Later railway and business projects Continuing his railway contract activities, Dargan went on to build a number of other railways: the lines between Mallow and Tralee, from Limerick to Foynes and Ennis, the Athenry & Tuam Junction Railway, and the Waterford & Tramore Railway are all his. He also completed improvements to Glenstal Castle, Co. Limerick, and built the troublesome graving dock in Dublin, which proved so acrimonious an undertaking that William Cubitt became involved in a lengthy arbitration, eventually finding in Dargan's favour.
The railway most associated with Dargan was the Dublin & Wicklow (D&WR); he built most of its routeing from Harcourt St. to Wicklow and was successively contractor, investor, board member, and finally (1864) chairman. The demands this company made on his time and resources were enormous, putting some strain on both, as evidenced by the number of loans he took out from several banks, mainly the Bank of Ireland. Dargan negotiated the lease of the pioneer Dublin & Kingstown to the D&WR, accepting debentures and bonds by way of payment for construction; thereafter his fortunes were inextricably linked with the D&WR, which almost single-handed he kept afloat. In February 1856 Dargan joined the board and thus no longer took construction contracts but closely supervised the works on the extension towards Wexford.
Dargan is credited with the development of Bray, which before the arrival of the railway (1853) was a small fishing village. He built the seafront esplanade as well as a group of six houses on Quinsboro Road, known as Dargan Terrace, and the famed Turkish baths. He laid out a common, a fair-green, and a market place, and helped instal gas lights in the town. He was a major investor in the four-storey, 130-room International Hotel near the seafront, as well as the Royal Marine Hotel in Kingstown (Dún Laoghaire) and the Grand Hotel, Malahide.
In the west the MGWR promoted transatlantic steamers from Galway to the US and Canada, and for a time Dargan also invested in these. His other business interests included a flax mill at Kildinan, Co. Cork, a distillery at Belturbet, Co. Cavan, a sugar factory at Mountmellick, and substantial slobland reclamation around Wexford harbour. At Chapelizod, Co. Dublin, Dargan ran a large thread mill which at one time employed 900 people and was known as Dargan & Haughton mills. In the summer of 1860 Dargan took 700 of his employees on a pleasure trip to Bray, where they dined and danced before taking the train back to Harcourt St.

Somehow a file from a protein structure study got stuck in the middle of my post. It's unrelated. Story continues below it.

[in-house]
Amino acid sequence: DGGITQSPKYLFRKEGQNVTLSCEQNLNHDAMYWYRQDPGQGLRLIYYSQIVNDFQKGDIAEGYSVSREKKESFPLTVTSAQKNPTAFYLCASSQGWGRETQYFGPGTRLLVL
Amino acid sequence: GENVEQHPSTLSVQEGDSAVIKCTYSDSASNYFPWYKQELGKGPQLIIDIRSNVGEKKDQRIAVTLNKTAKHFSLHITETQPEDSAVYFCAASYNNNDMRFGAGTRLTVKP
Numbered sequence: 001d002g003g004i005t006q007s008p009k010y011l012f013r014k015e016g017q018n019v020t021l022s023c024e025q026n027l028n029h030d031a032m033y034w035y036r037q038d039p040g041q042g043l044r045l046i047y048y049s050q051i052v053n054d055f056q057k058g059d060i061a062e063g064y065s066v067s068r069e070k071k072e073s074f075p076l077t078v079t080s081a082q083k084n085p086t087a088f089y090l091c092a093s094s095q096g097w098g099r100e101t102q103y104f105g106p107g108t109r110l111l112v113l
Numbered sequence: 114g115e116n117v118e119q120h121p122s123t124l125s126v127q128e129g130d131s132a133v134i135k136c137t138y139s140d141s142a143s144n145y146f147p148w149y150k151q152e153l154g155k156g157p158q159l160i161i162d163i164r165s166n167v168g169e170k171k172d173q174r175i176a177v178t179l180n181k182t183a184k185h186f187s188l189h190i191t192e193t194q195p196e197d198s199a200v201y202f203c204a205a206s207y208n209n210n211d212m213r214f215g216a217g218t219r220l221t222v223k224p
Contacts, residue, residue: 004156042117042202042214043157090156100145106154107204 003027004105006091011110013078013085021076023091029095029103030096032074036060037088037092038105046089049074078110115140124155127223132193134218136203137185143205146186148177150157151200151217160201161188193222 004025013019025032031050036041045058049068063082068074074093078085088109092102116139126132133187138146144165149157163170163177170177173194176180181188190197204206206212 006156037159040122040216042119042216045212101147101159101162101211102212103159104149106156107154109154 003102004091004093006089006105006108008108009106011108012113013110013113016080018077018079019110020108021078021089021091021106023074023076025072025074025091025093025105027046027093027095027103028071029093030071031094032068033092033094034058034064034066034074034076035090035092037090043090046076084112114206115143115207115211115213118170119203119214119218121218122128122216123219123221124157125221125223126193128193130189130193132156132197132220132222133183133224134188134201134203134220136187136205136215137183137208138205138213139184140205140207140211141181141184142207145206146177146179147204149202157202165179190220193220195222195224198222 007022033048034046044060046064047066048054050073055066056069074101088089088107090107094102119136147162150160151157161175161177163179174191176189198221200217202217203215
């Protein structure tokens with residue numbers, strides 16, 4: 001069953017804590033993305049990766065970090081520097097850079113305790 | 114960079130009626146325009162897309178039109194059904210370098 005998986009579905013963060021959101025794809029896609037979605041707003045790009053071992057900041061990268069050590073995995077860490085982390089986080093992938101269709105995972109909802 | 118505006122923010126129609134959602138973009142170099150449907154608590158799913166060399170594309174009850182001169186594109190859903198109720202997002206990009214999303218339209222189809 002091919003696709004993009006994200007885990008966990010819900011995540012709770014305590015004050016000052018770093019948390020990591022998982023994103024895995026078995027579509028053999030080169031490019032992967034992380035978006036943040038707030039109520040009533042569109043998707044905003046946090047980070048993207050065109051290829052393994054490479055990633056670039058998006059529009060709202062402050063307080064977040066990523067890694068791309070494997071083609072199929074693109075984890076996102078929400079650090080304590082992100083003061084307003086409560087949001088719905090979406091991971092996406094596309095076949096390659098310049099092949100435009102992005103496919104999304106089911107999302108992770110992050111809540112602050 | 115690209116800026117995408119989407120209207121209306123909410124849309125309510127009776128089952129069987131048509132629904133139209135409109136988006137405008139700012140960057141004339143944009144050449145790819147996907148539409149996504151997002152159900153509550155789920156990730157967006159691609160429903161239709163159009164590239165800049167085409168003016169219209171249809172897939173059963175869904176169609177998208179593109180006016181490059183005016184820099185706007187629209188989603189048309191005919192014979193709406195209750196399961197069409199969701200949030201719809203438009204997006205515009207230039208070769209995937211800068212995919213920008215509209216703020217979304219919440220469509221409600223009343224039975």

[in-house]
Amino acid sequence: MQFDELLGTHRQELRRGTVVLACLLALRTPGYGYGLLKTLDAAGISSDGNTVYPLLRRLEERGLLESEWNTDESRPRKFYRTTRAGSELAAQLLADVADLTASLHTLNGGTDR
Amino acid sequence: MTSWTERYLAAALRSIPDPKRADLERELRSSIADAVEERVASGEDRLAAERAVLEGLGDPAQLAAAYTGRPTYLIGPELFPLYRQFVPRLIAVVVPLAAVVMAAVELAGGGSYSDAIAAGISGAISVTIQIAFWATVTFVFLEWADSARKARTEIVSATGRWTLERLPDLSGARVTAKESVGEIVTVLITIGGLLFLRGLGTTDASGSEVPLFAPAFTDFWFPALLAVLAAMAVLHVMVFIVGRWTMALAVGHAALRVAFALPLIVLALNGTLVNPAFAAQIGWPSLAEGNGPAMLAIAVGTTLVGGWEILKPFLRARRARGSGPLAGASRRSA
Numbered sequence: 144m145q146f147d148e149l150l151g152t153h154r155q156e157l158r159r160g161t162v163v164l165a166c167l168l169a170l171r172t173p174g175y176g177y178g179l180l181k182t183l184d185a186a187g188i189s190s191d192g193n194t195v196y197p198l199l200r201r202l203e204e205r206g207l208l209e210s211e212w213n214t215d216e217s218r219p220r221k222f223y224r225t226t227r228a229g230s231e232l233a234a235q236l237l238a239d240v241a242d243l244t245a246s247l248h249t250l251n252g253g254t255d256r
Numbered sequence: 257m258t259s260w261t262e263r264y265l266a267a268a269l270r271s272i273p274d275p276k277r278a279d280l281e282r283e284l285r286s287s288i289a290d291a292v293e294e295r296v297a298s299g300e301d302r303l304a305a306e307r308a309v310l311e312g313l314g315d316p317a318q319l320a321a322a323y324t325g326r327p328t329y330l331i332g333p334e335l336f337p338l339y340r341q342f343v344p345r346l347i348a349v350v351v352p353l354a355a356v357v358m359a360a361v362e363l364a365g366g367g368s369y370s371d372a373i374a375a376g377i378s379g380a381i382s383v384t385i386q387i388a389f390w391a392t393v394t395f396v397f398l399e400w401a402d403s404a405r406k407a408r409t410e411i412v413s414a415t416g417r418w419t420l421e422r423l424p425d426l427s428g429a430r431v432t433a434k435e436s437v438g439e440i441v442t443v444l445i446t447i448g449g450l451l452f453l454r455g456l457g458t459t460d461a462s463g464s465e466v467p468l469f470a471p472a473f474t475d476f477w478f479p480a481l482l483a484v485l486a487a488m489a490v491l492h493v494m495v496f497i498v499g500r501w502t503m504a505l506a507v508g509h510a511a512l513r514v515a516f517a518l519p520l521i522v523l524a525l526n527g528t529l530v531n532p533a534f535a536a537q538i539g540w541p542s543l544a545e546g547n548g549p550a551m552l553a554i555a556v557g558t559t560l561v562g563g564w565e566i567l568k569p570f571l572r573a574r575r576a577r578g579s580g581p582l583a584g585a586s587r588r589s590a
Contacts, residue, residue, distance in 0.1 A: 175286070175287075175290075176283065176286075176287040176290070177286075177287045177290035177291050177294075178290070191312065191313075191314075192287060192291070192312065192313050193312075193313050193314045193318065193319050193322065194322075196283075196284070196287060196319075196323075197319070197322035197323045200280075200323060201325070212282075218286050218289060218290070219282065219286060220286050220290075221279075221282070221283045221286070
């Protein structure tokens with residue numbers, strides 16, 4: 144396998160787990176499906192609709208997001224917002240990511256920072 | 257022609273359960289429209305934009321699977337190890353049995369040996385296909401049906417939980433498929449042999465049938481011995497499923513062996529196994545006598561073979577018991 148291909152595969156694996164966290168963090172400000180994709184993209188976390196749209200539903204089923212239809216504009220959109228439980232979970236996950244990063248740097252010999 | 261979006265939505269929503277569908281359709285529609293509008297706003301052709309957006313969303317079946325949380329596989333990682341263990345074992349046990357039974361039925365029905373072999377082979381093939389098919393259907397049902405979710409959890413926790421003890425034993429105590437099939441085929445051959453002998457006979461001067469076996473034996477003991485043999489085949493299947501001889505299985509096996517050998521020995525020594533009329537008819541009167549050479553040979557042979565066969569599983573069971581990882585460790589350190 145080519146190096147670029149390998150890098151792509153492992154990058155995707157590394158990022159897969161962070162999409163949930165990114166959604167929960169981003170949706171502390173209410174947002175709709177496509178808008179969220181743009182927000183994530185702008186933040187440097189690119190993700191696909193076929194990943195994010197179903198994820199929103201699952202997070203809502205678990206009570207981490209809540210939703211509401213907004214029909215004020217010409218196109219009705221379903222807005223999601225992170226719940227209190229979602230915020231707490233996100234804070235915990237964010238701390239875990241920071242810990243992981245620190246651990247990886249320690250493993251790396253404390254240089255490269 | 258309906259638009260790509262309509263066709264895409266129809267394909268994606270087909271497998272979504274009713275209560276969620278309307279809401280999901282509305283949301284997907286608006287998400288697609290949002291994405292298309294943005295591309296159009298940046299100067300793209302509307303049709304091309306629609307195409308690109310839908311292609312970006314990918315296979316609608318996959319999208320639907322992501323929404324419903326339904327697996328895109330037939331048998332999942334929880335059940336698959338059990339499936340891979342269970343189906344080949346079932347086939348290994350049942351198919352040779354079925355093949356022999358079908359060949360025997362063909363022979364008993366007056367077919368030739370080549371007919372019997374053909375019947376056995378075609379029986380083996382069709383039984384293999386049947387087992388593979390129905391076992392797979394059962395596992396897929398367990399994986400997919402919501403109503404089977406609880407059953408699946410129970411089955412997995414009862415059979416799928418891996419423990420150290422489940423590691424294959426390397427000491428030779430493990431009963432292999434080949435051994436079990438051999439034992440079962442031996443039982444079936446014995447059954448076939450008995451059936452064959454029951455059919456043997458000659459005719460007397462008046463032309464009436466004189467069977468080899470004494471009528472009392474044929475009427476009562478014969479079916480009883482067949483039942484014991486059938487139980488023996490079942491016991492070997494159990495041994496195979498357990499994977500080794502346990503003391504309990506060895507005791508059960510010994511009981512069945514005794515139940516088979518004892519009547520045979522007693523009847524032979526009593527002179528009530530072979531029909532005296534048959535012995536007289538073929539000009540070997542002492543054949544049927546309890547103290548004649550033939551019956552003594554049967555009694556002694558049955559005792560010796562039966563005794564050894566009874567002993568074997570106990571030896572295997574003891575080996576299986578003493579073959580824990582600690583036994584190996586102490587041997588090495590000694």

Later years 1865–7 On 1 May 1865 Dargan had a serious accident when his horse was startled near Booterstown and he was thrown to the ground. Suffering from concussion, he was brought unconscious to Mount Anville. He recovered sufficiently to attend a royal commission on railways in London a few weeks later and made a significant and lengthy presentation on the current state and future prospects of Irish railways. However, the accident took its toll and Dargan was by this time in some business difficulties. A few months later he sold Mount Anville to the Sisters of the Sacred Heart and moved permanently to 2 Fitzwilliam Square, Dublin, a four-storey-over-basement house with courtyard and coach-house. The financial crisis in Britain and the collapse of bankers Overend Gurney in May 1866 caused the value of railway shares to plummet, a serious blow for Dargan. At the end of the year he appointed two trustees to run his businesses, Valentine O'Brien O'Connor (1811–73) and Richard Martin (1831–1901). The move caused some alarm among his creditors and in particular among his fellow directors of the Dublin, Wicklow & Wexford Railway (as the D&WR had become), who decided the only way to save the company was to offer their personal security against the loans Dargan had negotiated.